Place, publisher, year, edition, pages
2007. Vol. 99, no 4, 423-429 p.
Keyword [en]
Cycling, Exercise, Lactate, Potassium
Keyword [sv]
Idrottsvetenskap
National Category
Sport and Fitness Sciences Microbiology
Identifiers
URN: urn:nbn:se:miun:diva-4539DOI: 10.1007/s00421-006-0352-0ISI: 000243963000011Scopus ID: 2-s2.0-33846872580Local ID: 5629OAI: oai:DiVA.org:miun-4539DiVA: diva2:29571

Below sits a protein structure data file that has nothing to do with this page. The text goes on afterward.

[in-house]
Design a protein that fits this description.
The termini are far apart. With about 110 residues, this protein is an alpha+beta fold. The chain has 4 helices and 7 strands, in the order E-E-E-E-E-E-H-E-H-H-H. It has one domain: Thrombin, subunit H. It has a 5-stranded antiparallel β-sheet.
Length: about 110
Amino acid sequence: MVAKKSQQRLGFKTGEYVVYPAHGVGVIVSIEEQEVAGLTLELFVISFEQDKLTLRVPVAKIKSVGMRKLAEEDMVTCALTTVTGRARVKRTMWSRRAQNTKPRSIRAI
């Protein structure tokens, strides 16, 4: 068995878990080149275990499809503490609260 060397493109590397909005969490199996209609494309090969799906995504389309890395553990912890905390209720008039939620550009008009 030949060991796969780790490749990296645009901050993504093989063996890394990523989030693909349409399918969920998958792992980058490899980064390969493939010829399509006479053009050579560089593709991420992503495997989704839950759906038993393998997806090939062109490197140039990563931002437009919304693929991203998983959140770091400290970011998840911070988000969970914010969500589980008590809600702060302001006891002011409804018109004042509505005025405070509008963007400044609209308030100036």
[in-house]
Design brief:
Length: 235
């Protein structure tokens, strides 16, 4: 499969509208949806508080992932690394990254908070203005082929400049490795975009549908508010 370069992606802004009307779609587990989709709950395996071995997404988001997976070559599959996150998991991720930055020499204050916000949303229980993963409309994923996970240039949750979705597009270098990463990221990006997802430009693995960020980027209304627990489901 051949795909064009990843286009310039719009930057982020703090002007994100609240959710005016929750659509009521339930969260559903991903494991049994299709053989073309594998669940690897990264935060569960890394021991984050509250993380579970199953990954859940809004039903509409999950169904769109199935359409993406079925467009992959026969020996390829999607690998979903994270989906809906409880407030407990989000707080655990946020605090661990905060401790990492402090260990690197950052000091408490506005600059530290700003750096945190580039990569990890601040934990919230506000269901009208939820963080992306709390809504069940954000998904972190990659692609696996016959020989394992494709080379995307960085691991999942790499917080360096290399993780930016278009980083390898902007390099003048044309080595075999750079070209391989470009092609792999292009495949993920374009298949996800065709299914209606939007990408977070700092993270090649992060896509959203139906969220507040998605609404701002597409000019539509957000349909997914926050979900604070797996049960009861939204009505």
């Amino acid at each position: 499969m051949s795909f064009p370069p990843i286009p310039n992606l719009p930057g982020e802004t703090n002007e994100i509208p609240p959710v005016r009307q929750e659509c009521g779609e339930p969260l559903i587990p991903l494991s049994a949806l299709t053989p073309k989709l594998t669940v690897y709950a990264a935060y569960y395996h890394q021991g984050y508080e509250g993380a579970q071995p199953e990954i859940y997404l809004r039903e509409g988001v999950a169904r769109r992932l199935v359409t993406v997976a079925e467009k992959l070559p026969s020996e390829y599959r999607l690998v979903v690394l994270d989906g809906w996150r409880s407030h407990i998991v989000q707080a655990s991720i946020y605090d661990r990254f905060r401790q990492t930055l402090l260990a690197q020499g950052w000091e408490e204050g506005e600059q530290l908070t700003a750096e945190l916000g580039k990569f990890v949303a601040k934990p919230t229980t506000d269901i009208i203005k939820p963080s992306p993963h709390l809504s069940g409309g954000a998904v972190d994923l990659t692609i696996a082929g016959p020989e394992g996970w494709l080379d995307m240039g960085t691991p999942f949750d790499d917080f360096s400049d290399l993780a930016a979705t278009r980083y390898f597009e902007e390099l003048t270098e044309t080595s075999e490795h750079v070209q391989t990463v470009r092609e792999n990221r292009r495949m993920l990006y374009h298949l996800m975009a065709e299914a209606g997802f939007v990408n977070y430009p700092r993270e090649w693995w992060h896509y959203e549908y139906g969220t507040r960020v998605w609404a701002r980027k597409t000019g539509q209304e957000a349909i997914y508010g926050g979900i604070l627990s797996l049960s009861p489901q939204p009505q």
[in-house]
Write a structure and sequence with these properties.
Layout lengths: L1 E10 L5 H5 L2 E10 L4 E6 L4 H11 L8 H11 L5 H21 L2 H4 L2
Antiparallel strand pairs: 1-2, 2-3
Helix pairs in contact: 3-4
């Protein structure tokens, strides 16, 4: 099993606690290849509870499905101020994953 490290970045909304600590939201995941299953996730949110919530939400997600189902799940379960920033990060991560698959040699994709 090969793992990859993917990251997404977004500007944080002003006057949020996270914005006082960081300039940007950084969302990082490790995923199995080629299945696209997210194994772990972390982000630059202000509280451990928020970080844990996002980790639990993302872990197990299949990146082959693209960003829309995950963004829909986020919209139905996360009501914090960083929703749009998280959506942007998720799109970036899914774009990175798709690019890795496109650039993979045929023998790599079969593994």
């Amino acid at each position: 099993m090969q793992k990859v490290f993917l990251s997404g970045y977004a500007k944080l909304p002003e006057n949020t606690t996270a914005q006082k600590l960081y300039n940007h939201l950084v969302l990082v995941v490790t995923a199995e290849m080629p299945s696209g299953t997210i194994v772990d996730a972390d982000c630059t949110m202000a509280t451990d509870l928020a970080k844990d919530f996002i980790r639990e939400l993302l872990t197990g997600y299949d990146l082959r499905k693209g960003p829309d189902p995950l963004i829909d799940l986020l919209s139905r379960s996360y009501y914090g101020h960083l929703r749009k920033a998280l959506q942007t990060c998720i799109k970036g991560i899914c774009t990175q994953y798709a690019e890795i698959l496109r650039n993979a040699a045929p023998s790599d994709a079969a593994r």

Note

VR-Medicine, External

Available from: 2008-09-30 Created: 2009-06-07 Last updated: 2016-10-04Bibliographically approved
In thesis
1. Metabolic and Cardiovascular Responses During Variable Intensity Exercise
Open this publication in new window or tab >>Metabolic and Cardiovascular Responses During Variable Intensity Exercise
2010 (English)Doctoral thesis, comprehensive summary (Other academic)
Abstract [en]